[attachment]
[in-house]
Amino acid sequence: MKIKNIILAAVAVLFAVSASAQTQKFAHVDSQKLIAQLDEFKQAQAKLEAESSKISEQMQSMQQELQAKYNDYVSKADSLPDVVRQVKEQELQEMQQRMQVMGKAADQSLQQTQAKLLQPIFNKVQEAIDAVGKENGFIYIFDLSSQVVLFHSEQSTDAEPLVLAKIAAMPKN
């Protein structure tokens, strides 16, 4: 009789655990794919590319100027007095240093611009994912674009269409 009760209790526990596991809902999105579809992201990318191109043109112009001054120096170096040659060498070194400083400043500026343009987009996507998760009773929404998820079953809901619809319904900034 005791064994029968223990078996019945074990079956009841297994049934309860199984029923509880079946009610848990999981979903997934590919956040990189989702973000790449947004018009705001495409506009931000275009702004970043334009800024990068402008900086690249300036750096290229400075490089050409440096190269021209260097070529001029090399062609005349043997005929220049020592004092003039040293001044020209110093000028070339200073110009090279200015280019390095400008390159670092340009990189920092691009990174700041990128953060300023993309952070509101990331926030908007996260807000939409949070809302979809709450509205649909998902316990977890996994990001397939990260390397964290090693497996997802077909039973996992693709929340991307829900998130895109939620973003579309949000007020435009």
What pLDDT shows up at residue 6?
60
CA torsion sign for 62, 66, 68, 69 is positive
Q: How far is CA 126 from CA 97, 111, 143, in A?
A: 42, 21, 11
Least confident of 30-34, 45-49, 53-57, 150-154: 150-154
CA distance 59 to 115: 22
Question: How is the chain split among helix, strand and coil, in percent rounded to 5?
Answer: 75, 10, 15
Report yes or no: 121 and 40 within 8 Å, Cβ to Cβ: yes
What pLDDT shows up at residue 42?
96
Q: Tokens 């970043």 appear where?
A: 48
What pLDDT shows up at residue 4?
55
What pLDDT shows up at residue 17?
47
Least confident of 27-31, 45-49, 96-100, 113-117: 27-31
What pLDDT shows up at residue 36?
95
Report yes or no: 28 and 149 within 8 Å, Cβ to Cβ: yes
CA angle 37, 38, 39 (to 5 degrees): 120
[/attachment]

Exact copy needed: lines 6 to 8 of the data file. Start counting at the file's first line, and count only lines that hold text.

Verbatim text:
CA torsion sign for 62, 66, 68, 69 is positive
Q: How far is CA 126 from CA 97, 111, 143, in A?
A: 42, 21, 11